Judicial Council approves possible private
funding for case management system
The Judicial Council agreed last month to explore accepting private grant money to help deploy its computerized case management system in three superior courts. It executed a letter of intent between the Administrative Office of the Courts, the State Bar and the Patrick Soon-Shiong Family Foundation to begin a 12-week discussion and planning period to determine if the parties wish to enter into a collaborative relationship.
The foundation is headed by Dr. Patrick Soon-Shiong, a billionaire philanthropist and developer of a breast cancer drug, who is working on developing a health-care information grid. Although the letter does not specify the amount of money Soon-Shiong will contribute, judicial officials said it could total $20 million and will allow deployment in the San Luis Obispo, Ventura and Fresno county superior courts. Deployment has been stalled because of statewide budget cuts.
The computer program, the California Case Management System (CCMS), is controversial primarily because of its hefty price tag. State Auditor Eileen Howle estimated in February that full implementation of the system will cost almost $2 billion and criticized what she called poor management and a lack of oversight. Supporters of CCMS, however, dispute that figure and insist the courts cannot operate without modernizing technology, too much money has been spent to turn back now, and ultimately the system will save money.
Development of the system, which is completed, came in around $600 million. Implementing it in the three counties will cost an estimated $60 million-$70 million.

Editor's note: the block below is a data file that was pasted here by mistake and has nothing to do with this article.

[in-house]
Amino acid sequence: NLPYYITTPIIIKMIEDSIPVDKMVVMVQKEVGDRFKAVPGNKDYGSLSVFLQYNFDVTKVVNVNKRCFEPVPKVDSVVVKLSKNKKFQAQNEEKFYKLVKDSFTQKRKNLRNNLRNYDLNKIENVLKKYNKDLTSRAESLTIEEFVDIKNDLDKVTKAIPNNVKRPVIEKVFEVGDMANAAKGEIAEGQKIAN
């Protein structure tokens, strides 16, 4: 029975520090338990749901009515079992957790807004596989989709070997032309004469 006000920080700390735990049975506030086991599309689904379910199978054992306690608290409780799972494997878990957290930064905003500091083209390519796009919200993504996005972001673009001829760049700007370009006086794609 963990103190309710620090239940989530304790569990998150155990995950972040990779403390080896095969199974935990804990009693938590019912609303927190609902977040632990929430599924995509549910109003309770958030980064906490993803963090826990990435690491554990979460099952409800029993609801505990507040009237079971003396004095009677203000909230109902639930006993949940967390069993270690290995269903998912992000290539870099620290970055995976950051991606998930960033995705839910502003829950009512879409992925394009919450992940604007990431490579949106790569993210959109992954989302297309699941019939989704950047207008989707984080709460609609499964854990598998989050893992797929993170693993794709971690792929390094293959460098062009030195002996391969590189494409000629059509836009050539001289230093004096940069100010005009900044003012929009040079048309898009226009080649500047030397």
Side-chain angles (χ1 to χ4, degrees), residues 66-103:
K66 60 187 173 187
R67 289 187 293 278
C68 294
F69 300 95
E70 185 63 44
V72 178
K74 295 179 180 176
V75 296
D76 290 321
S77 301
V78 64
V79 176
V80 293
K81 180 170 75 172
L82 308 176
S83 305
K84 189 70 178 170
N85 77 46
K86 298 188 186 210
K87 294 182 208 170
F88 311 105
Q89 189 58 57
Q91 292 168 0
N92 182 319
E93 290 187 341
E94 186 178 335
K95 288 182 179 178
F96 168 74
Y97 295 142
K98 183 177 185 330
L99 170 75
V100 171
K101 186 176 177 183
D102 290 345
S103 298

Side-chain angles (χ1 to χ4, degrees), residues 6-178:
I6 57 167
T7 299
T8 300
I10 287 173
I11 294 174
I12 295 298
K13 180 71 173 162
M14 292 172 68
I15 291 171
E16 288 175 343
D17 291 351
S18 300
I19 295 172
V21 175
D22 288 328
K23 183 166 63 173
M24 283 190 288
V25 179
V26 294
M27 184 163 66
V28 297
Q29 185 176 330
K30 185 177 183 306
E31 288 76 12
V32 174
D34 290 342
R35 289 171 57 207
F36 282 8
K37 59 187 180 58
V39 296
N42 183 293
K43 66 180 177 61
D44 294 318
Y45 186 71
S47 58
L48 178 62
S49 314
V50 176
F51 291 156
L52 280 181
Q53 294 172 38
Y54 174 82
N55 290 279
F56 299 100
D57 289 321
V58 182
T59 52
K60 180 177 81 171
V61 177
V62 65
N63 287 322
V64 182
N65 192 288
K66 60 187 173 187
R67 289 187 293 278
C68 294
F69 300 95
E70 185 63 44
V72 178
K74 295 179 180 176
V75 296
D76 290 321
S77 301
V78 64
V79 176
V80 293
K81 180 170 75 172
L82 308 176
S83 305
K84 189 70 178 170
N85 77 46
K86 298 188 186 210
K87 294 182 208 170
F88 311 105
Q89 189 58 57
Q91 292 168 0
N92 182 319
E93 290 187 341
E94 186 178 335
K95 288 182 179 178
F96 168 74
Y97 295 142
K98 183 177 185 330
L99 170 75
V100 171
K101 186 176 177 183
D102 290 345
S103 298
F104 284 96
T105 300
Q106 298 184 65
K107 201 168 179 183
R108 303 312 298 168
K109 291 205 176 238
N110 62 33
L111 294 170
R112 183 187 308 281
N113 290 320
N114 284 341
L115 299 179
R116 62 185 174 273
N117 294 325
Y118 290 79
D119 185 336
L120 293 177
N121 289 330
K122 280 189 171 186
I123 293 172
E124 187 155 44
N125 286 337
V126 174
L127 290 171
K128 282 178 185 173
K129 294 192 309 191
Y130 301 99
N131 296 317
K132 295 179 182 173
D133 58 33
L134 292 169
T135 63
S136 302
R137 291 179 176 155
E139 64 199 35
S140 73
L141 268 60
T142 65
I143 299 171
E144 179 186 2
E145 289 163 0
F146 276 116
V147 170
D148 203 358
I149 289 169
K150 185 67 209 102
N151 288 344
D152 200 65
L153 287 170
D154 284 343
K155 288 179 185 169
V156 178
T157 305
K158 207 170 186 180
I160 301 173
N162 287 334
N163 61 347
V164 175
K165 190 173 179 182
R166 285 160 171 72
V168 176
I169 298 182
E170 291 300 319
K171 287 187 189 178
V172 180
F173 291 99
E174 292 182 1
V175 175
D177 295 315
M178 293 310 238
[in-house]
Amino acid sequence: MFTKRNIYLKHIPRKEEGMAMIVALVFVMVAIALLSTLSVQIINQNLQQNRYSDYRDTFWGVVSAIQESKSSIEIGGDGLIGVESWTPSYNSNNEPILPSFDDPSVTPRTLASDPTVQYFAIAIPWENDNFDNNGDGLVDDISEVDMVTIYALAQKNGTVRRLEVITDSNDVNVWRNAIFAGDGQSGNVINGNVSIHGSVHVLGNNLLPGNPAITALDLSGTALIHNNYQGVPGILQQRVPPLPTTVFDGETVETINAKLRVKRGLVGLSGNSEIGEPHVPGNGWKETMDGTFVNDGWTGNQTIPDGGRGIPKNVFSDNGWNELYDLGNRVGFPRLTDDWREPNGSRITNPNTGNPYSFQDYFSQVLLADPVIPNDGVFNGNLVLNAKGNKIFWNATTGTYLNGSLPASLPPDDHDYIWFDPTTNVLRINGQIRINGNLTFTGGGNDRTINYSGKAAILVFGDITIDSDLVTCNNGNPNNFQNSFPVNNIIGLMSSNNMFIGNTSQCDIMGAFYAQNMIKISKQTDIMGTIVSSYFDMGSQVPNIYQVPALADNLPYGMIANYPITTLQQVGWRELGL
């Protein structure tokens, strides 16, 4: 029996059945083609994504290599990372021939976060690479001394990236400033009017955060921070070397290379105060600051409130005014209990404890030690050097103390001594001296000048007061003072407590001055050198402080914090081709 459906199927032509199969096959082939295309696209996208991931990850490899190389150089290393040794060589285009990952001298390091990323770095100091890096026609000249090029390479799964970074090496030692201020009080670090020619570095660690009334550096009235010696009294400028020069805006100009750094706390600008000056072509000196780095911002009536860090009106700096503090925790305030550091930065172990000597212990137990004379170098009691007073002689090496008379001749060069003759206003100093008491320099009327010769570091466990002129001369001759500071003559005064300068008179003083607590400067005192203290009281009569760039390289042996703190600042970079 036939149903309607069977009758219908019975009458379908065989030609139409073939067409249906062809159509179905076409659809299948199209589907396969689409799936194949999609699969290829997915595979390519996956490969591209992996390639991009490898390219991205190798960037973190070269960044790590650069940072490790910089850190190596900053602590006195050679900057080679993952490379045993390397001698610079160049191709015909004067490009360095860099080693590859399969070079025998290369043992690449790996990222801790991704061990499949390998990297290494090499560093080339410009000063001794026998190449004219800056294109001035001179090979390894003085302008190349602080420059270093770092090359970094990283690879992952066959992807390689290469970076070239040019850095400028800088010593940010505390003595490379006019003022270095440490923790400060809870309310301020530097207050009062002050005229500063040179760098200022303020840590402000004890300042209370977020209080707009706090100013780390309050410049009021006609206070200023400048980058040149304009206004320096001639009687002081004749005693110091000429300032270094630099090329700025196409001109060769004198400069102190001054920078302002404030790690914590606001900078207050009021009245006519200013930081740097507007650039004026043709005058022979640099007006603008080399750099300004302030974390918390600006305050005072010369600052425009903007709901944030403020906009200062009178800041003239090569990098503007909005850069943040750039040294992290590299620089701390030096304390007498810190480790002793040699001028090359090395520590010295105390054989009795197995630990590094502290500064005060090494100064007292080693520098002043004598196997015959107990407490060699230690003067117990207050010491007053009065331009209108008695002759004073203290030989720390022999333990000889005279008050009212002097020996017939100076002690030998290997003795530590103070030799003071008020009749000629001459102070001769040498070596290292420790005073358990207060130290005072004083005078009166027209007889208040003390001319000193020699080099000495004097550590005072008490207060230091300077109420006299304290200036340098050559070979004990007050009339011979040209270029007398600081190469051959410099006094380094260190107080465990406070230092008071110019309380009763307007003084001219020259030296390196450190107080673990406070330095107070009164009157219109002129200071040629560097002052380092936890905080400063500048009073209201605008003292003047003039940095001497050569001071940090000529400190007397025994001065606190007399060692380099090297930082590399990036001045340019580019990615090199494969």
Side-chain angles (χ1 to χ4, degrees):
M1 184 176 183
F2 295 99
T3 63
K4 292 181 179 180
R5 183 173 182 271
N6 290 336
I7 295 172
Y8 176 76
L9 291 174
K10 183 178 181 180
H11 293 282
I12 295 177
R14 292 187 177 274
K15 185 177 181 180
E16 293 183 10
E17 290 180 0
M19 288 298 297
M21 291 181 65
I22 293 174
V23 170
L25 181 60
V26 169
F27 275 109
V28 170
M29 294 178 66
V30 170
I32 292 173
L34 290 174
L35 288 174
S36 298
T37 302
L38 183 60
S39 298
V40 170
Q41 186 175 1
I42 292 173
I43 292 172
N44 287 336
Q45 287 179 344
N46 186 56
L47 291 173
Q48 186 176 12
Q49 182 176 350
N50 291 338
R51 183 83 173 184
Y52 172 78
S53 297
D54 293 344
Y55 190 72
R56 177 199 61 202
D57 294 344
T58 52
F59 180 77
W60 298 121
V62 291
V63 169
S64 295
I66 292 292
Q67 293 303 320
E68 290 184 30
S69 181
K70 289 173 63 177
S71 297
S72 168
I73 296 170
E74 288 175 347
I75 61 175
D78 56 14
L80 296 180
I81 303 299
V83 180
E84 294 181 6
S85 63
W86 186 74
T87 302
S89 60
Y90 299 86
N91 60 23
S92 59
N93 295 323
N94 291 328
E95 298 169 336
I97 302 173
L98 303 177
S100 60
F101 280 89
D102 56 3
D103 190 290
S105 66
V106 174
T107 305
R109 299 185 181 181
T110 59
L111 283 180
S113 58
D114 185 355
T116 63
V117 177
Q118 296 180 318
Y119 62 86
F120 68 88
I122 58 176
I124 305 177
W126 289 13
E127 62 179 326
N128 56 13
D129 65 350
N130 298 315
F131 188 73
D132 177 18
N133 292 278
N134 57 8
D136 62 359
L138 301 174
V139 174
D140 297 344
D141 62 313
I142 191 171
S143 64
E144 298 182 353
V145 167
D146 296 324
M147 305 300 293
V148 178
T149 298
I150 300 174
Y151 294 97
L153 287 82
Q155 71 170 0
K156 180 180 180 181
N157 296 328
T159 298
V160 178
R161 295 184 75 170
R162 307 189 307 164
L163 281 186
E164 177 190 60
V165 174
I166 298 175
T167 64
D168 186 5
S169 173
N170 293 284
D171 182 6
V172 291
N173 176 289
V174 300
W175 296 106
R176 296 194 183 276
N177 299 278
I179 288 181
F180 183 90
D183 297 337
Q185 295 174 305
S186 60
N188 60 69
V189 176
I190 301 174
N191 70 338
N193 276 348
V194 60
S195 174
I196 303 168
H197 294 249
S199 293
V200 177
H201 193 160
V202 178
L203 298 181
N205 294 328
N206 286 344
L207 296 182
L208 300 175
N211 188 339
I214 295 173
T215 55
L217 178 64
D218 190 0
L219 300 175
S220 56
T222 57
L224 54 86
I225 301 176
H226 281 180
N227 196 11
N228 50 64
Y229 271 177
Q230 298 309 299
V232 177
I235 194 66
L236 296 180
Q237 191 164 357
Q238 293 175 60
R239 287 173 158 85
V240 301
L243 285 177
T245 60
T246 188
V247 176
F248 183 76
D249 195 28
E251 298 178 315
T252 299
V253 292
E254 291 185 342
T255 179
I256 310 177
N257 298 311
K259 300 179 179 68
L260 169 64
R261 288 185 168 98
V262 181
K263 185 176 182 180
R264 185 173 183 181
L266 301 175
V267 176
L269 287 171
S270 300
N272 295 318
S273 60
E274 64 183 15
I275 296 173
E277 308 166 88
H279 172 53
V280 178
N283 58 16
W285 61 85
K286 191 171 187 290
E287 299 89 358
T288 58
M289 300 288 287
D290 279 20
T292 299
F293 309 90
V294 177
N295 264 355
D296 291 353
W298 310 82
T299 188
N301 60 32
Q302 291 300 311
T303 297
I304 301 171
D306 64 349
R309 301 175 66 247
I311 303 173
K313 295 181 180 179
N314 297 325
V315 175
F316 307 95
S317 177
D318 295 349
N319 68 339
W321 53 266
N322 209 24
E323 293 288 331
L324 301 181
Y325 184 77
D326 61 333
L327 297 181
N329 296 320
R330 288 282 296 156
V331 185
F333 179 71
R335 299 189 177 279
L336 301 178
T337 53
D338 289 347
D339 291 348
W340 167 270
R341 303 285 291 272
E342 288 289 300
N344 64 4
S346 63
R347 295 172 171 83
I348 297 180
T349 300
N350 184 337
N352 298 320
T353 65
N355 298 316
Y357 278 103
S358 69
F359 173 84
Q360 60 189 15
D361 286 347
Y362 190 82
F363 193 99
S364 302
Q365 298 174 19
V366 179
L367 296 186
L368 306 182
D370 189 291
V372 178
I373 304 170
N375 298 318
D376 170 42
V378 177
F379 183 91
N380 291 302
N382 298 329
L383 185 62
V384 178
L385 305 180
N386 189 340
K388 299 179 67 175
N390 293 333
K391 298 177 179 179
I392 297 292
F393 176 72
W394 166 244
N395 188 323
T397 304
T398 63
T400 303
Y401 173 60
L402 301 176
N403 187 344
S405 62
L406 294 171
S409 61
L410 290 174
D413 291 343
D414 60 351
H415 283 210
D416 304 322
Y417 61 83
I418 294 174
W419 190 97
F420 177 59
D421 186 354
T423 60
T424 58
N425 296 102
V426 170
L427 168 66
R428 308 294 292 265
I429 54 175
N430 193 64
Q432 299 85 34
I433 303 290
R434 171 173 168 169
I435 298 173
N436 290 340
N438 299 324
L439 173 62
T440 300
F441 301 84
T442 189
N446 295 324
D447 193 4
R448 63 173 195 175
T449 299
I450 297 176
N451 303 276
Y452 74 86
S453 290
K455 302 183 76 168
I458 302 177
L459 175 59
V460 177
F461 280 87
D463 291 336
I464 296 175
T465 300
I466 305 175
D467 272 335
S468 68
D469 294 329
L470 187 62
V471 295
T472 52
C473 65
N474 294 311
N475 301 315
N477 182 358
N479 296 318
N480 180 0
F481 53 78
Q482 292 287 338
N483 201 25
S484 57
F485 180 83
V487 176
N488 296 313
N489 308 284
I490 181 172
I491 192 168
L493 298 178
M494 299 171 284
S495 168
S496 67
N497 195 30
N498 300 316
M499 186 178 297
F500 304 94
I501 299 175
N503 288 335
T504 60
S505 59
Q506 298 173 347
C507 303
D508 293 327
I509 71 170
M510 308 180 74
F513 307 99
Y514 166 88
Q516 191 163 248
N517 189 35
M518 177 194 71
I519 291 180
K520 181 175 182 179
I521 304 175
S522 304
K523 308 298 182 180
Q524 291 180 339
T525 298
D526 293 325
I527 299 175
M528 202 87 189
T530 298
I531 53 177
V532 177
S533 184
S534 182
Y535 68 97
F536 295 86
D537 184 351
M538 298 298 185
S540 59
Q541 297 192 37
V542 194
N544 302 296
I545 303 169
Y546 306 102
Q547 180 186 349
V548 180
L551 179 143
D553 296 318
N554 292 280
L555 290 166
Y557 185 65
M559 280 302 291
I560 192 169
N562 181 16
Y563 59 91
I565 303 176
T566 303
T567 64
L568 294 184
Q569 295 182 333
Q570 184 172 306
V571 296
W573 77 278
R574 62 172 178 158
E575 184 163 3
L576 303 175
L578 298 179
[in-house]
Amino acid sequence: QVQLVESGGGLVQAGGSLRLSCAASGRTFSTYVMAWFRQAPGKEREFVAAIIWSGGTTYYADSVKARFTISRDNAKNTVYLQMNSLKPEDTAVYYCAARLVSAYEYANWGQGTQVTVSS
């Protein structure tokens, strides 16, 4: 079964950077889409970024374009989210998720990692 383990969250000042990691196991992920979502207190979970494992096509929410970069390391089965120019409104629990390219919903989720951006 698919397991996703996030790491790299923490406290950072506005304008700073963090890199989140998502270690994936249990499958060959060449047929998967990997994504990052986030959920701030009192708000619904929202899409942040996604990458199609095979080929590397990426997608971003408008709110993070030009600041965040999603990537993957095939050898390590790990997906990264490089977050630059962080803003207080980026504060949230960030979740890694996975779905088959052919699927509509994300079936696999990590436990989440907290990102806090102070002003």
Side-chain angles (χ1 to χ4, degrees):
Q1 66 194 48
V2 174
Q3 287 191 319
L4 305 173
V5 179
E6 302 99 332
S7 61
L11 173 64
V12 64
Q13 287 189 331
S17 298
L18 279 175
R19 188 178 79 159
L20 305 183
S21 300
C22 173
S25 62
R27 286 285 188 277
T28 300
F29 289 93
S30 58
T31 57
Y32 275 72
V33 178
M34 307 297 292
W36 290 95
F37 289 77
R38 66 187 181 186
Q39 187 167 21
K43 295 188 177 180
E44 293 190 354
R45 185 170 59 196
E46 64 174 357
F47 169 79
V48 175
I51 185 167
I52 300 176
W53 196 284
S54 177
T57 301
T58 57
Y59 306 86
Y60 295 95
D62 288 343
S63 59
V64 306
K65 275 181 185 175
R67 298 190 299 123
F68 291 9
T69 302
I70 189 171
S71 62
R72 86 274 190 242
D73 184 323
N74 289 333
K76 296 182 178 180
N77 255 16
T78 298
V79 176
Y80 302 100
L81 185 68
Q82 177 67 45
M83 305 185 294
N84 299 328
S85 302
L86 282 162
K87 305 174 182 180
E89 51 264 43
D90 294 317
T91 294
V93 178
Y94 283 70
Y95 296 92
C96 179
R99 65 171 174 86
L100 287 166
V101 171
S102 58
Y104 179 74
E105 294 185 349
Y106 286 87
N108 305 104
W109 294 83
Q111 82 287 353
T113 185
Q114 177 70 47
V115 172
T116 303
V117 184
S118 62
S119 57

First District Court of Appeal Justice Terence L. Bruiniers, head of the Judicial Council’s CCMS committee, said the offer by Soon-Shiong to provide funding and technological assistance “presents, in my view, a unique and historic opportunity that allows us to do significantly more in collaboration with a private nonprofit foundation and with the assistance and support of the State Bar.”
“A door has opened to us,” said Santa Barbara Superior Court Judge James E. Herman, a council member and head of an internal committee overseeing CCMS, who noted the similarity between CCMS and Soon-Shiong’s vision of a health-care grid that will provide real-time information to doctors and patients. “That vision is parallel, and he is willing to put his money where his mouth is in order to help us to go forward with this effort.”
State Bar executive director Joe Dunn said some aspects of CCMS could serve the bar’s internal technological needs, particularly with efforts to speed disposition of complaints against attornyes. The bar, he said, could be both a contributor and a beneficiary of the overall proposal. State Bar President Jon Streeter said CCMS “could prove to be especially valuable in the bar’s continuing drive toward a more rapid and efficient handling of discipline cases. The system as a whole offers much to the administration of justice and public access to the courts in California.”
CCMS is designed to support courts of all sizes through one central technology operation. Interim versions of the project are in use at seven trial courts and process more than 25 percent of the state’s civil cases. In legislative budget hearings last year, the Judicial Council agreed to scale back deployment of the system to just three courts over the next two years.
Soon-Shiong has also informally offered his assistance in finding other funding sources to fully deploy CCMS to all 58 California trial courts.
According to the letter of intent, the parties will explore hosting CCMS at foundation-provided data centers instead of commercial centers now used by the AOC. In addition, they will explore “the viability of using the foundation’s fiber optic and network related services,” also as an alternative to commercial services used now.
CCMS includes electronic filing of documents, electronic calendars, self-service case inquiries and payments, and improved statistical reporting and scheduling of court reporters and interpreters. The system will also enable state agencies that partner with the courts — such as the state Department of Justice, the Department of Social Services, the Department of Child Support Services and the Department of Motor Vehicles — to interact with a single case management system, thus improving efficiency, eliminating redundant data entry and reducing system costs. According to the AOC, the public and attorneys will have easier and faster access to case filings.